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At The Ragged School Museum

February 6, 2018
by the gentle author

The Ragged School Museum in Bow is a long tall building occupying the narrowest triangular site between the canal and the road –  as thin as a meagre slice of cake. In 1876, Dr Thomas Barnardo purchased these premises, originally constructed for warehouses, from a Scottish provisions company and opened a ragged school as one of forty establishments under his supervision in the East End. Within a couple of years, there were three hundred and seventy pupils daily and two thousand five hundred for Sunday school each week.

As well as providing education, children were given food and offered care and support to ameliorate the deprivation they suffered. Reverting to light industrial use after the death of Dr Barnardo at the beginning of the last century, the complex was blighted by a demolition order until the formation of the Ragged School Trust who purchased the building in 1986. An atmospheric structure where the melancholy presence of history still lingers, it is now a museum where school children come to experience Victorian education and learn of the realities of life for the poor in nineteenth century London.

Dr Barnardo’s Ragged School, 1879

Copperfield Rd today

“a long building occupying the narrowest triangular site between the canal and the road – as thin as a meagre slice of cake”

Stairs up to the classrooms

The Boys’ staircase

Behind these screens was the Headmaster’s Office

Bridge over Regent’s Canal

Stairs down to the Regent’s Canal towpath

Ragged School Museum, 46-50 Copperfield Rd, London, E3 4RR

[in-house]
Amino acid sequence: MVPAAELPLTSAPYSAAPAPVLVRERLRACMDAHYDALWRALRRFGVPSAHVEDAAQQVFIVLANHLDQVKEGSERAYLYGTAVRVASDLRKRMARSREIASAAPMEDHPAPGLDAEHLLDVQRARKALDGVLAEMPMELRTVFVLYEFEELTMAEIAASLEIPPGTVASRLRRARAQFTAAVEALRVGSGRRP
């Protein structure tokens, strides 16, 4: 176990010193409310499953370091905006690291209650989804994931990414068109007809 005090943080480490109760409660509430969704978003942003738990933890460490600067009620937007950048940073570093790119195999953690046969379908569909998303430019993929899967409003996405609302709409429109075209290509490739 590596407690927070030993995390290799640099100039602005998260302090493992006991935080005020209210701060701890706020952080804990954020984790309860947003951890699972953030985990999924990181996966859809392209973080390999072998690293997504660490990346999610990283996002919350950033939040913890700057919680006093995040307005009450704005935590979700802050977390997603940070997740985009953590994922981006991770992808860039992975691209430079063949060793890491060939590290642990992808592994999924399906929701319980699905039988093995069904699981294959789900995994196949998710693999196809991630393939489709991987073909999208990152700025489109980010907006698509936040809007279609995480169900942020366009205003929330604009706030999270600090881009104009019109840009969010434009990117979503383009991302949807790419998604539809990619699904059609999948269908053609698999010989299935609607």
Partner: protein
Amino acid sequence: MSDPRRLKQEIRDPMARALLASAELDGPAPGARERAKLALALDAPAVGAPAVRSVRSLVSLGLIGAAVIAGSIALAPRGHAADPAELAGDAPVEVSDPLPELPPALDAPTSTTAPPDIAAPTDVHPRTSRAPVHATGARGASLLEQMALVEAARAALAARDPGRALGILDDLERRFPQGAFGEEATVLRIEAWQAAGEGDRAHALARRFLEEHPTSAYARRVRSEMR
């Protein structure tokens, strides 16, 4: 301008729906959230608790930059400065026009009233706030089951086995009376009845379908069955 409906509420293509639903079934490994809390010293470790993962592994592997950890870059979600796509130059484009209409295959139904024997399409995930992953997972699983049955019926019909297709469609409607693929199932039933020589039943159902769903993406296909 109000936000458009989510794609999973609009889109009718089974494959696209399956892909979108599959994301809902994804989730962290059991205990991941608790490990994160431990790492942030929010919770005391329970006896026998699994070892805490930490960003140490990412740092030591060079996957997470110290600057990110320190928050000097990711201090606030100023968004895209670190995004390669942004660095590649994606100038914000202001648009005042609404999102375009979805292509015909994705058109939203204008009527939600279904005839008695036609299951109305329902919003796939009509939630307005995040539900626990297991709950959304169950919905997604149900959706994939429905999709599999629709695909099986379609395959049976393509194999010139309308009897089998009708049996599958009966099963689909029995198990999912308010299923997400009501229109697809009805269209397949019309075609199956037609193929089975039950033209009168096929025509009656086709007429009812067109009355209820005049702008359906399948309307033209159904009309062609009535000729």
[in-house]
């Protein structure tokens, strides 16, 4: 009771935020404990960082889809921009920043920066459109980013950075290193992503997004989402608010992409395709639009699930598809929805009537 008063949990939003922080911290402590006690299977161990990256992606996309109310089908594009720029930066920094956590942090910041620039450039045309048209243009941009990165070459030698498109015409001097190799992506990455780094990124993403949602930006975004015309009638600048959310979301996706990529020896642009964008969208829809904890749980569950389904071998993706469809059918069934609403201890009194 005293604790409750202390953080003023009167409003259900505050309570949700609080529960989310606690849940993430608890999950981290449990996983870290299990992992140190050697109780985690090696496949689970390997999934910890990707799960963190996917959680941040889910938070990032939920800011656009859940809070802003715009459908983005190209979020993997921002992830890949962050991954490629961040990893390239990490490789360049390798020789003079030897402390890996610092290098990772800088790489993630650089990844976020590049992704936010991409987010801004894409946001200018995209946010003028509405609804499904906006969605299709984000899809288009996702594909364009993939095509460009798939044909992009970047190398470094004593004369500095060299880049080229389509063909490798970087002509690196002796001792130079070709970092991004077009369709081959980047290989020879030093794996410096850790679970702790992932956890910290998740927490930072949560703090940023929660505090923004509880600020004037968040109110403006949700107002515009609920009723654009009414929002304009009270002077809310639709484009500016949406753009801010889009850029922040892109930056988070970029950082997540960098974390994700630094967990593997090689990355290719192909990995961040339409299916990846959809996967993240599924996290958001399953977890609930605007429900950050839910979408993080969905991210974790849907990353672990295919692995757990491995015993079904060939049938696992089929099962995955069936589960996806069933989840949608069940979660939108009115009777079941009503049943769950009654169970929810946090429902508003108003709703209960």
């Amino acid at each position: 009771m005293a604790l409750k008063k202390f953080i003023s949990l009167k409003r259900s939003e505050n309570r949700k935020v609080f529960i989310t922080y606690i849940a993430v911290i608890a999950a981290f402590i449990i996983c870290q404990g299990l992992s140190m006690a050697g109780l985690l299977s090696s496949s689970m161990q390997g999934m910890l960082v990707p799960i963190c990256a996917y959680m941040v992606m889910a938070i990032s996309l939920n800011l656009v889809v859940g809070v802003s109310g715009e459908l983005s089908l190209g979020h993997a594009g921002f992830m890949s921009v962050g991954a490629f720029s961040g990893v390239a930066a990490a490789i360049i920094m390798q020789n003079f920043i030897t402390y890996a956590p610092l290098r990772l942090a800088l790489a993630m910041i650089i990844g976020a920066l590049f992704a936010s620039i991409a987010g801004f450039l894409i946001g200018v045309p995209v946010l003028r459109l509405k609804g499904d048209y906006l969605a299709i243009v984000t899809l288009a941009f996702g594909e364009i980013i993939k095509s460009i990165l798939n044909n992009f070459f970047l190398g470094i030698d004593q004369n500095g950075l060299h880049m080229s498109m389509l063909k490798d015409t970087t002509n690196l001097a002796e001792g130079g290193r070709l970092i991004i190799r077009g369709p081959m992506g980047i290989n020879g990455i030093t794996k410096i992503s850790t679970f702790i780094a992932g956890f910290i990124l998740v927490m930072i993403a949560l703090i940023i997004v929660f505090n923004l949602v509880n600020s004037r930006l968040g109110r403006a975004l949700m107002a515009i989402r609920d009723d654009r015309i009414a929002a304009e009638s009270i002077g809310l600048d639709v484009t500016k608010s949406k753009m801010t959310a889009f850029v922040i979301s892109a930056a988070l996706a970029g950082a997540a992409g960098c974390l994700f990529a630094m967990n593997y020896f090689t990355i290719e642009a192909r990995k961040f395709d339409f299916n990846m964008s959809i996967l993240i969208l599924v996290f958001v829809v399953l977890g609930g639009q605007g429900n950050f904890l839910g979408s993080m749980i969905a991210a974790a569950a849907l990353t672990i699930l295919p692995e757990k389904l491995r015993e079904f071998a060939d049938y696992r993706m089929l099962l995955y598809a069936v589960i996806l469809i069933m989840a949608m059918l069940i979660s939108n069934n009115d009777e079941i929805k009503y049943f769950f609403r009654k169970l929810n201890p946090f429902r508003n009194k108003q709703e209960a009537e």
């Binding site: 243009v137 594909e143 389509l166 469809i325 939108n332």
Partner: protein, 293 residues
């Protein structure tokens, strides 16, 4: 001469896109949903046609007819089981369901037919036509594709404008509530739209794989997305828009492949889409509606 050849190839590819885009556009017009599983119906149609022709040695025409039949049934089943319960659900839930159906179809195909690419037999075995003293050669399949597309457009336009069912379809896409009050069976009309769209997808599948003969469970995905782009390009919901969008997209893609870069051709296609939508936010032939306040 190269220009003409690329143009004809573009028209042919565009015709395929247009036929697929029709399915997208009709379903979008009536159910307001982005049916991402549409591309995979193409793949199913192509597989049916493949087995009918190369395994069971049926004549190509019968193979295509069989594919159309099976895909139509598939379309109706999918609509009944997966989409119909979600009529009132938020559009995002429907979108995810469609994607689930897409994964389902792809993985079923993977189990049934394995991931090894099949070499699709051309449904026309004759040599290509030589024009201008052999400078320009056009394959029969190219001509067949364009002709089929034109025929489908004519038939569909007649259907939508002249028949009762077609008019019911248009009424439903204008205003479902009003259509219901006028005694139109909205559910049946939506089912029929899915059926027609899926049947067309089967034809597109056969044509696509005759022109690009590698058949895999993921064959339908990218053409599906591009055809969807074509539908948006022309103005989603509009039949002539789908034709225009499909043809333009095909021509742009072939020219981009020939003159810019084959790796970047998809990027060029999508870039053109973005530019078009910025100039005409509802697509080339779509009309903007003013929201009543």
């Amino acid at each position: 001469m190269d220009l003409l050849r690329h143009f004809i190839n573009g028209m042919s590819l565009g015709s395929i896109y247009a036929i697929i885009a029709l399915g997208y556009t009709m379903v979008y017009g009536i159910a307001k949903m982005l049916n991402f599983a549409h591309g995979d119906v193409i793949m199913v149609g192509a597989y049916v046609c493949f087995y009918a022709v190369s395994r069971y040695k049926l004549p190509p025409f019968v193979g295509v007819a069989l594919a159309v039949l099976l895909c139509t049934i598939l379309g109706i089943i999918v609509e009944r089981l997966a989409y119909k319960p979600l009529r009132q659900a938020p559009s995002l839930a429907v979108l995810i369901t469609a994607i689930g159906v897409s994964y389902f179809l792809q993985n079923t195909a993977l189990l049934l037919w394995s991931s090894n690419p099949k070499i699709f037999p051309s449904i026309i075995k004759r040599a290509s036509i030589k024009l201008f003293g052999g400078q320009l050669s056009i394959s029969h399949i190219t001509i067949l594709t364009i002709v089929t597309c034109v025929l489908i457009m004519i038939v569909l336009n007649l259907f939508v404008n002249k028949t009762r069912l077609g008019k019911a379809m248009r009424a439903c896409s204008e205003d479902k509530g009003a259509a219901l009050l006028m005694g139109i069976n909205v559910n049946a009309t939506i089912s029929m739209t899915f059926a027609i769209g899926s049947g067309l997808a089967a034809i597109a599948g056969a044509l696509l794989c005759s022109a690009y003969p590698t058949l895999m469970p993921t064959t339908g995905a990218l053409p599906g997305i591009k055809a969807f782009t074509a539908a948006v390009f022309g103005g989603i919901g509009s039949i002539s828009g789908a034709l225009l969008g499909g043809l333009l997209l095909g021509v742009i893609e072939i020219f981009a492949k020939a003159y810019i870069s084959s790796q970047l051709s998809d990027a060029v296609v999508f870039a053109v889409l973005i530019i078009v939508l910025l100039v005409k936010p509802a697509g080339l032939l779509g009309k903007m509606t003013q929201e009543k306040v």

10 Responses leave one →
  1. Greg Tingey permalink
    February 6, 2018

    Desks ( in infant/junior schools ) very similar to those shown were certainly still in regular use as late as 1952-5 (!)

  2. Helen Breen permalink
    February 6, 2018

    Greetings from Boston,

    GA, great glimpse into the past. I really enjoy the smaller museums in London and must put this one on my list.


  3. David Hucker permalink
    February 6, 2018

    Well worth a visit. Also the manufacturing base for famed motorcycle jacket company Lewis Leathers.

  4. Stephen Barker permalink
    February 6, 2018

    I can remember sitting at desks like that in the 1960’s in a comprehensive school. This makes me feel so old !

  5. David Bishop permalink
    February 6, 2018

    Thank you for highlighting this local museum (and powerful reminder of the past), so easily missed.

  6. Peter Holford permalink
    February 6, 2018

    Greg says those desks were in use until 1952-5. Can I correct him? I certainly sat in one of those as late as 1965 and when I had my first teaching post in Oldham, the old primary school that served as the lower school for a large comprehensive still had them – the date was 1974. Obviously made to last! I think they were disposed of when that building was closed and demolished around 1980.

  7. Gary Arber permalink
    February 6, 2018

    When the trust saved the school it also saved the rest of the block which used to be the Mentmore Fountain Pen Company and has now been converted into artist’s studios.

  8. Hilary permalink
    February 6, 2018

    Yes I sat at a desk like that at my northern grammar school in the 1960’s !

    Very interesting museum conversion.

  9. Ron Bunting permalink
    February 7, 2018

    A cane… the last time i saw one of those it was on a trajectory towards my buttocks for some minor infraction in class… ahem.

  10. February 8, 2018

    Those were the days, my friends …

    Love & Peace

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